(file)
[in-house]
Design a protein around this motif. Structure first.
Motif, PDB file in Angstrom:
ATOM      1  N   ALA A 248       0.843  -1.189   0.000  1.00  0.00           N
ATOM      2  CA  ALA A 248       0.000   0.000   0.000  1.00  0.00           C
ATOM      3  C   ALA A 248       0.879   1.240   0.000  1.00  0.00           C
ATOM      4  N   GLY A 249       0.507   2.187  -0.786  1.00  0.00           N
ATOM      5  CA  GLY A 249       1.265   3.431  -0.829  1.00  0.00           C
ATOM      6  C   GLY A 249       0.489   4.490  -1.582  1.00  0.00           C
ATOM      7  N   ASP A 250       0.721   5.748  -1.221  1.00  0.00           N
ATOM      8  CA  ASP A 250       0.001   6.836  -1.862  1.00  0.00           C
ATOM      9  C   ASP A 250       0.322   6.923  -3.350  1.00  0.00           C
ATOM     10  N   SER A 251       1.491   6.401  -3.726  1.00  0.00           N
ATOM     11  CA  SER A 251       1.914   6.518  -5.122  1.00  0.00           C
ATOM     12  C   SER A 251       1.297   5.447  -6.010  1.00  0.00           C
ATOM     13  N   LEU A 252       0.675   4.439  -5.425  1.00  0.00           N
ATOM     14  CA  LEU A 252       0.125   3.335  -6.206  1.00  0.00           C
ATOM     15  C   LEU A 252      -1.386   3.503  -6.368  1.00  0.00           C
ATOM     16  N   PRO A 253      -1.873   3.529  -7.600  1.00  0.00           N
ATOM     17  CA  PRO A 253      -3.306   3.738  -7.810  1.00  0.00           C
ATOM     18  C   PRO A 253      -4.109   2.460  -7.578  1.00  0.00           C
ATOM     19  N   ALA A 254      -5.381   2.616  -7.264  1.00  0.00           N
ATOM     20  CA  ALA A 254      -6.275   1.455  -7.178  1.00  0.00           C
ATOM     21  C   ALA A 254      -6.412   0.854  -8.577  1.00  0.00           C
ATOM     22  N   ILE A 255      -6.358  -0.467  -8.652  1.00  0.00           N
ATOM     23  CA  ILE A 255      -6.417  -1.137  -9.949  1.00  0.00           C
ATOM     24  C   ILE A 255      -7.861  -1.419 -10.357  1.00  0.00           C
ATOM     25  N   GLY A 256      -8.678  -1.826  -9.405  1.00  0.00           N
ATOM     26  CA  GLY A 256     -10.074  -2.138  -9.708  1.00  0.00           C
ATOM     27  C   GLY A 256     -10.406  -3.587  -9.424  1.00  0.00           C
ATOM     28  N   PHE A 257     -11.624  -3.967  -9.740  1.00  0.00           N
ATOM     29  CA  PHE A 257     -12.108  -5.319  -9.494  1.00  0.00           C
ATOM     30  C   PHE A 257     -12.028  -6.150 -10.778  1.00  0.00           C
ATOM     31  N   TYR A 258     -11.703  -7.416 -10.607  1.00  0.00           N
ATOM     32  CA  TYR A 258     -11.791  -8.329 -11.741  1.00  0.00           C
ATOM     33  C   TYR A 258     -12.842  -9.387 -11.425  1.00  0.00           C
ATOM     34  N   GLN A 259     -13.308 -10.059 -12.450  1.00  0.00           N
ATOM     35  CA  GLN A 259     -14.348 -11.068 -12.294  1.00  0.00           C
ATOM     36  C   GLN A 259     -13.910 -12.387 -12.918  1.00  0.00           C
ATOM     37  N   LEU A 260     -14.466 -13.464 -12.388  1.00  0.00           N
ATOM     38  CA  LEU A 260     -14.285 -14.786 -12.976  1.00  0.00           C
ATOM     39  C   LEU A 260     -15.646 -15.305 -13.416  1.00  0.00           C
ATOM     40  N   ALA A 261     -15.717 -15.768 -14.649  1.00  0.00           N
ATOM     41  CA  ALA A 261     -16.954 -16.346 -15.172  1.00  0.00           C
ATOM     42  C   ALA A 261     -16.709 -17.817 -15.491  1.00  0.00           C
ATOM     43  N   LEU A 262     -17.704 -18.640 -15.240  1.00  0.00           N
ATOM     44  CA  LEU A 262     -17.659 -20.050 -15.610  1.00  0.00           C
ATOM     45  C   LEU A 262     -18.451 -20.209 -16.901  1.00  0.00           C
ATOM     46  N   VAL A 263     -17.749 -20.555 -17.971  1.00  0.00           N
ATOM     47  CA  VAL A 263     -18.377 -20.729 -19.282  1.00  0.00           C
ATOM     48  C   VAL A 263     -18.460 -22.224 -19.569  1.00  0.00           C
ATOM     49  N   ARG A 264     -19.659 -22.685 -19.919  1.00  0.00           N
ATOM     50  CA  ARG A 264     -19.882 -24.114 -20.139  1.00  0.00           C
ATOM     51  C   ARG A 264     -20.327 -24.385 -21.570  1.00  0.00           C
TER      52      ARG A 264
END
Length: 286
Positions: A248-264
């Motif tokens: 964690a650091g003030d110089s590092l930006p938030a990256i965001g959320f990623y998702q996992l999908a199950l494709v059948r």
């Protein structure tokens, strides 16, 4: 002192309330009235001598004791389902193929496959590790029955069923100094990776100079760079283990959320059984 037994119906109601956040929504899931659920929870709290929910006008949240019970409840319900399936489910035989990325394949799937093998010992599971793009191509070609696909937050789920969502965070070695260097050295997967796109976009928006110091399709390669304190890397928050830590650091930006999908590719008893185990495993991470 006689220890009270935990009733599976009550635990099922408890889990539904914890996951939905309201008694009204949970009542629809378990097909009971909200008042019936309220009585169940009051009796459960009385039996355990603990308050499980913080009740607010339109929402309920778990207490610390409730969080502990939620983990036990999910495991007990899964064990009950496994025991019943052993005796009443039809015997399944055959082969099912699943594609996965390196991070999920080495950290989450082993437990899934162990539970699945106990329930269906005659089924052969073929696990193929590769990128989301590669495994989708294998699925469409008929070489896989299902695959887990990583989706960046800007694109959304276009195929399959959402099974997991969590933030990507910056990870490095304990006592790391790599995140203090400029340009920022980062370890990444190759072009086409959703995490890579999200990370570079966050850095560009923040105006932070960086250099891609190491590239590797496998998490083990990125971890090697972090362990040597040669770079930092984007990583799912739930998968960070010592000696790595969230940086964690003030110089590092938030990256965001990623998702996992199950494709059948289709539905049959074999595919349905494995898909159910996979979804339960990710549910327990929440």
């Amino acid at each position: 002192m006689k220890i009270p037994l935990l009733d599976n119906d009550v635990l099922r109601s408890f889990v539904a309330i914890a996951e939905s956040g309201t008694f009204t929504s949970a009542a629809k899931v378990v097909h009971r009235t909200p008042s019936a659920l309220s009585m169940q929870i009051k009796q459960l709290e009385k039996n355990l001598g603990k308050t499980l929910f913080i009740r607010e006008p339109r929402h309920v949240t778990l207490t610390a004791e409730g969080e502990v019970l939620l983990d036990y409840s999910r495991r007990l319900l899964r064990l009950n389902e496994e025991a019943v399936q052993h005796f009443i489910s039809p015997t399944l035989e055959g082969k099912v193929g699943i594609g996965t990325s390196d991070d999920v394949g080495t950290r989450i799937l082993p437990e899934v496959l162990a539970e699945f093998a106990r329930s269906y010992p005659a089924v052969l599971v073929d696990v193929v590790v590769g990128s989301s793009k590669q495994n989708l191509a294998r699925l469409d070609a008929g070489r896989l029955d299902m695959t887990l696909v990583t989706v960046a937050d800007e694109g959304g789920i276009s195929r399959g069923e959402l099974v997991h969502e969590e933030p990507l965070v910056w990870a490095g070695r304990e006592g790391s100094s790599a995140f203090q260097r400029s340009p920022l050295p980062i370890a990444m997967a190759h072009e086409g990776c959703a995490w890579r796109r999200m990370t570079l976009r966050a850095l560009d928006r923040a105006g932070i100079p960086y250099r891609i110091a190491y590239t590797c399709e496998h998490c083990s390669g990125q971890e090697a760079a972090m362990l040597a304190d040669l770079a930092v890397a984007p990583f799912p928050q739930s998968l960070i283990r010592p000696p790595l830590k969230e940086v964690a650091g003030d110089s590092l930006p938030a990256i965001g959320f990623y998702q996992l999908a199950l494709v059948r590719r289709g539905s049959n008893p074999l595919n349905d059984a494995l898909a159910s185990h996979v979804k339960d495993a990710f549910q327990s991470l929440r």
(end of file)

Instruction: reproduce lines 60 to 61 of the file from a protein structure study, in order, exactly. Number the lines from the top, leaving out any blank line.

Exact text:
């Protein structure tokens, strides 16, 4: 002192309330009235001598004791389902193929496959590790029955069923100094990776100079760079283990959320059984 037994119906109601956040929504899931659920929870709290929910006008949240019970409840319900399936489910035989990325394949799937093998010992599971793009191509070609696909937050789920969502965070070695260097050295997967796109976009928006110091399709390669304190890397928050830590650091930006999908590719008893185990495993991470 006689220890009270935990009733599976009550635990099922408890889990539904914890996951939905309201008694009204949970009542629809378990097909009971909200008042019936309220009585169940009051009796459960009385039996355990603990308050499980913080009740607010339109929402309920778990207490610390409730969080502990939620983990036990999910495991007990899964064990009950496994025991019943052993005796009443039809015997399944055959082969099912699943594609996965390196991070999920080495950290989450082993437990899934162990539970699945106990329930269906005659089924052969073929696990193929590769990128989301590669495994989708294998699925469409008929070489896989299902695959887990990583989706960046800007694109959304276009195929399959959402099974997991969590933030990507910056990870490095304990006592790391790599995140203090400029340009920022980062370890990444190759072009086409959703995490890579999200990370570079966050850095560009923040105006932070960086250099891609190491590239590797496998998490083990990125971890090697972090362990040597040669770079930092984007990583799912739930998968960070010592000696790595969230940086964690003030110089590092938030990256965001990623998702996992199950494709059948289709539905049959074999595919349905494995898909159910996979979804339960990710549910327990929440």
């Amino acid at each position: 002192m006689k220890i009270p037994l935990l009733d599976n119906d009550v635990l099922r109601s408890f889990v539904a309330i914890a996951e939905s956040g309201t008694f009204t929504s949970a009542a629809k899931v378990v097909h009971r009235t909200p008042s019936a659920l309220s009585m169940q929870i009051k009796q459960l709290e009385k039996n355990l001598g603990k308050t499980l929910f913080i009740r607010e006008p339109r929402h309920v949240t778990l207490t610390a004791e409730g969080e502990v019970l939620l983990d036990y409840s999910r495991r007990l319900l899964r064990l009950n389902e496994e025991a019943v399936q052993h005796f009443i489910s039809p015997t399944l035989e055959g082969k099912v193929g699943i594609g996965t990325s390196d991070d999920v394949g080495t950290r989450i799937l082993p437990e899934v496959l162990a539970e699945f093998a106990r329930s269906y010992p005659a089924v052969l599971v073929d696990v193929v590790v590769g990128s989301s793009k590669q495994n989708l191509a294998r699925l469409d070609a008929g070489r896989l029955d299902m695959t887990l696909v990583t989706v960046a937050d800007e694109g959304g789920i276009s195929r399959g069923e959402l099974v997991h969502e969590e933030p990507l965070v910056w990870a490095g070695r304990e006592g790391s100094s790599a995140f203090q260097r400029s340009p920022l050295p980062i370890a990444m997967a190759h072009e086409g990776c959703a995490w890579r796109r999200m990370t570079l976009r966050a850095l560009d928006r923040a105006g932070i100079p960086y250099r891609i110091a190491y590239t590797c399709e496998h998490c083990s390669g990125q971890e090697a760079a972090m362990l040597a304190d040669l770079a930092v890397a984007p990583f799912p928050q739930s998968l960070i283990r010592p000696p790595l830590k969230e940086v964690a650091g003030d110089s590092l930006p938030a990256i965001g959320f990623y998702q996992l999908a199950l494709v059948r590719r289709g539905s049959n008893p074999l595919n349905d059984a494995l898909a159910s185990h996979v979804k339960d495993a990710f549910q327990s991470l929440r």